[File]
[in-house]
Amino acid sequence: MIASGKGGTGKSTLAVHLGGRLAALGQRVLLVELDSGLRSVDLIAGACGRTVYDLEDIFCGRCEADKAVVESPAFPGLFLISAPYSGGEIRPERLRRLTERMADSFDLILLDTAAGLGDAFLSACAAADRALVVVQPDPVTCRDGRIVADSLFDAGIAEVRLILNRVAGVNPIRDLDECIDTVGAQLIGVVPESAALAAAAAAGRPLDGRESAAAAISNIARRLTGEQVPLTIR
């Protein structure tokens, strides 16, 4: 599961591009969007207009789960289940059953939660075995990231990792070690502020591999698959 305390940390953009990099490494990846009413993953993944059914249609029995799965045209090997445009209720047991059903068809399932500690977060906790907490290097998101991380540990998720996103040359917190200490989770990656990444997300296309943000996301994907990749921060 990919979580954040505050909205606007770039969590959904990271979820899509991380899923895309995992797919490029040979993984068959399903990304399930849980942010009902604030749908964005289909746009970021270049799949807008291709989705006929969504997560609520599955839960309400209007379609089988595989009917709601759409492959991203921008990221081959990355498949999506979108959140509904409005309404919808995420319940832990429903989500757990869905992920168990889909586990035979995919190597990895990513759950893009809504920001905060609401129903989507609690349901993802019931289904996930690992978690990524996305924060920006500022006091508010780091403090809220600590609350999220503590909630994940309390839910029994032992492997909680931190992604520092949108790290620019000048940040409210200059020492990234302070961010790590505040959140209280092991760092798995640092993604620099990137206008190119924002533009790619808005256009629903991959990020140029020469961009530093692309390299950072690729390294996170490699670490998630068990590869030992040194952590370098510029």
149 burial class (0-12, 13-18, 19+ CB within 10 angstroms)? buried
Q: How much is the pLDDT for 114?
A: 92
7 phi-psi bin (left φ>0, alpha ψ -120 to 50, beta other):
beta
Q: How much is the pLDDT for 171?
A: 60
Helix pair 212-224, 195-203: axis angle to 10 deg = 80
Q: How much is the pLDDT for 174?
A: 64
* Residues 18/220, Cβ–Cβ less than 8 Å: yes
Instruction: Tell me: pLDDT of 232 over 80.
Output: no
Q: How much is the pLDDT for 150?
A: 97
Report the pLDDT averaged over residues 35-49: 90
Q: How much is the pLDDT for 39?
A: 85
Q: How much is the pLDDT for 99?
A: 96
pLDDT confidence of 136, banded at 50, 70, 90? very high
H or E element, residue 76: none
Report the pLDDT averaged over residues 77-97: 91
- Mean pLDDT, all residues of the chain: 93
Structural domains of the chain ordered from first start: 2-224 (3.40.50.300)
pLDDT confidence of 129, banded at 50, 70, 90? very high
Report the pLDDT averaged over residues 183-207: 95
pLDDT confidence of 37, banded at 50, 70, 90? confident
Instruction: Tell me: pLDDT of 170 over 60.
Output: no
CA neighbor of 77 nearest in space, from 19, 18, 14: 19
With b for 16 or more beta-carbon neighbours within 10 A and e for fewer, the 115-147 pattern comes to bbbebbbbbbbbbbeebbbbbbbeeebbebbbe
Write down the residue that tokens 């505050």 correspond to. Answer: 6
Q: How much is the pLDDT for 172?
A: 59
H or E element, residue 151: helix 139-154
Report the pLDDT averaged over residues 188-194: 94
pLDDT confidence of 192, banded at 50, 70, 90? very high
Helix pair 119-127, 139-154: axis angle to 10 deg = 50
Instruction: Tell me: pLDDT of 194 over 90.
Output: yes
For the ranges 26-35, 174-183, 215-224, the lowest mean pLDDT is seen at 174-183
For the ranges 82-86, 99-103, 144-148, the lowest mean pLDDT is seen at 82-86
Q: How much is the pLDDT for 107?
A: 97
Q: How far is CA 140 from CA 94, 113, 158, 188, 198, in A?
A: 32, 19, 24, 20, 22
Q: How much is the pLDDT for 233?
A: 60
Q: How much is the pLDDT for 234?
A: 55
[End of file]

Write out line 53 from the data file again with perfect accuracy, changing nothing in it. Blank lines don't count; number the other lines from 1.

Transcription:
Q: How much is the pLDDT for 234?